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By Stefan J. Bos, Chief International Correspondent BosNewsLife with additional reporting by Vatican Radio’s Linda Bordoni.
KYIV, UKRAINE (BosNewsLife)– Thousands of Ukrainians have commemorated as many as four anti-government protesters killed in recent clashes with police.
Sunday’s massive prayer service in the capital Kiev came just hours after opposition leaders rejected an offer by the president to lead an interim government, as protests spread throughout the country.
In Kiev, thousands of demonstrators tried to storm a convention center used as a police base by hundreds of security forces in Kyiv.
Demonstrators throw stones and smoke bombs. Police fire stun grenades and spray water in response.
The two-hour pre-dawn confrontation ended after opposition leader Vitaly Klitscko intervened, allowing the embattled security forces to leave the building.
Yet Klitschko, who is also a heavy-weight boxing champion, told the crowds that anti-government protests would continue in Kiev and other cities throughout the country.
“We are not stepping back. We are holding our positions on Maidan,” or Independence Square, “and in the regions,” he said, while demonstrators shouted in support.
The demonstrations came after he rejected an offer by the president to become vice-prime minister.
And, Fatherland Party leader Arseny Yatsenyuk announced he had refused to be the country’s prime minister.
“We are ready to take on the responsibility for the country’s future, but only under the conditions that will be set by us,” he told reporters.
Those conditions include early presidential elections as a vote is not due until 2015. The opposition also demands that a free trade agreement with the European Union be signed and political prisoners be freed, including former Prime Minister Yulia Tymoshenko.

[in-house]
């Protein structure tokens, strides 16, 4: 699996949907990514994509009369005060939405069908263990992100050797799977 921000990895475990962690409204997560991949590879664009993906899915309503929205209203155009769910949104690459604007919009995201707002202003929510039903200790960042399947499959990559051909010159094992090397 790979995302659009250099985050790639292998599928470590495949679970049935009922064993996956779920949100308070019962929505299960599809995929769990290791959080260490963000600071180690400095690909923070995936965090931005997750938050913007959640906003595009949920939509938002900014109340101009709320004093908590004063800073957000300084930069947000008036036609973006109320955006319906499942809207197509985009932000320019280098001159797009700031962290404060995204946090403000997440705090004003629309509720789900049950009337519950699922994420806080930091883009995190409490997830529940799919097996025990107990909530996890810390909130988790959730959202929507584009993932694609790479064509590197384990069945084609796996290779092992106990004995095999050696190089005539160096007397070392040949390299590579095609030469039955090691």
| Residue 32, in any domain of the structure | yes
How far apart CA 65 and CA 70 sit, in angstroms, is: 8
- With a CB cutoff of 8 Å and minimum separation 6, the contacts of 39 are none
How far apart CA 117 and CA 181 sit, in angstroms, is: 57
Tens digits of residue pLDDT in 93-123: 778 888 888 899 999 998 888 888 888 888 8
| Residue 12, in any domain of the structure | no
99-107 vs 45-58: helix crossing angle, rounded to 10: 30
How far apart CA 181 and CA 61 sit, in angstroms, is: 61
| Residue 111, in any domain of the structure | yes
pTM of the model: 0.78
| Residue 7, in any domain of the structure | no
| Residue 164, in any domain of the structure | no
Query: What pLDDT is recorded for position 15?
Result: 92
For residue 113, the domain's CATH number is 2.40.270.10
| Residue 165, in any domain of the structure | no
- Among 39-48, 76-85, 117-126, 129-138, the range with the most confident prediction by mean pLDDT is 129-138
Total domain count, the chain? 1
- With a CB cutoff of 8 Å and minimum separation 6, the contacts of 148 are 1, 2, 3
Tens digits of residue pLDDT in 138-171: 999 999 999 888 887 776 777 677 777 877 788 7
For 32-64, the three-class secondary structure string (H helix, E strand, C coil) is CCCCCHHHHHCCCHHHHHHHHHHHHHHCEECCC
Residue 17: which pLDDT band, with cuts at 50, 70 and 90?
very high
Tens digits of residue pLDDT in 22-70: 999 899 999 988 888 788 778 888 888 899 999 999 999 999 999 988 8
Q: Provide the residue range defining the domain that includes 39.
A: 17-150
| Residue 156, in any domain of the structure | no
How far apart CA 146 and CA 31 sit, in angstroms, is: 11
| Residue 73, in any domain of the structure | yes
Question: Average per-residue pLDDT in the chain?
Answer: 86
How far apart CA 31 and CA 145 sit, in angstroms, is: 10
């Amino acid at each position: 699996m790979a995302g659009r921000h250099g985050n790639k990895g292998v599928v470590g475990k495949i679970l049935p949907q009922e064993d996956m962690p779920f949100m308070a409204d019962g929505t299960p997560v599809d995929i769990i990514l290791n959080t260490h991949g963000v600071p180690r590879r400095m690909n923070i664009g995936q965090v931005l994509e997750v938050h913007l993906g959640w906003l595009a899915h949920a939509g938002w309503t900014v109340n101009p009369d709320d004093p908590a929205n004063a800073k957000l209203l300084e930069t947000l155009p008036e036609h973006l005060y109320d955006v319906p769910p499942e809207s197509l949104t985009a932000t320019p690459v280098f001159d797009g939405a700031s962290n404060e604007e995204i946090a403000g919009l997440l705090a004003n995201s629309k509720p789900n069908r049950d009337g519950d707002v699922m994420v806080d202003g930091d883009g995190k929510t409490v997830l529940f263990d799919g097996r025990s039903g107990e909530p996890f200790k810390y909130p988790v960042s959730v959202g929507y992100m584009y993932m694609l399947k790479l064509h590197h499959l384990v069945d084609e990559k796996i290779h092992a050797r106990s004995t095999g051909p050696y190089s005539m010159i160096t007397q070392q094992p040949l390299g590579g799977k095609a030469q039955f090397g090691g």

Amid the standoff there was time for reflection.
As Pope Francis called on Sunday for an end to the violence, thousands participated in a prayer ceremony in Kyiv for several protesters who have been killed.
A coffin was carried bearing the body of one of them, Mykhailo Zhyznevsky, before his burial. The 25-year-old man was among those who died of gun shot wounds, though police have denied wrongdoing.
Pope Francis appealed for constructive dialogue between institutions and civil society in Ukraine and said he is “praying for the people of Ukraine, in particular for those who have lost their lives during the violence of the past days, and for their families.”
‘SPIRIT OF PEACE’
Addressing the crowds gathered in St. Peter’s Square for what is known as the Angelus Prayer, the pontiff stressed that that he is praying the parties involved “will avoid resorting to violent actions, and that the spirit of peace and the quest for common good may prevail.”
He reflected on ow Jesus began his public life in Galilee – a land of borders and of transit, a peripheral region where men of different races, cultures and religions met. Francis said hat Galilee is similar to the troubled world today. “Jesus teaches us that the Good News that he brings is for all – not just for part of humanity” he said.
The church leader said “the Lord continues to walk the streets of our daily life calling us to go join Him and to work with Him for God’s Reign, in the ‘Galilee’ of our times”. “Each one you”- he explained – ““must realize that the Lord is watching you: if you hear Him saying ‘follow me’, you must have courage and go with Him. The Lord will never disappoint you”.
Pope Francis noted that there were many children in the Square and said besides Ukraine his thoughts also go to a three-year child, burnt to death by members of the Southern Italian Calabria mafia after his grandfather failed to pay a drug debt to mobsters. This violence against such a young child – he said – seems not to have precedents in the history of criminality. “Let’s pray for Cocò” – Francis continued – “who is surely in heaven with Jesus, and for those who have committed this crime: may they repent and convert to the Lord”.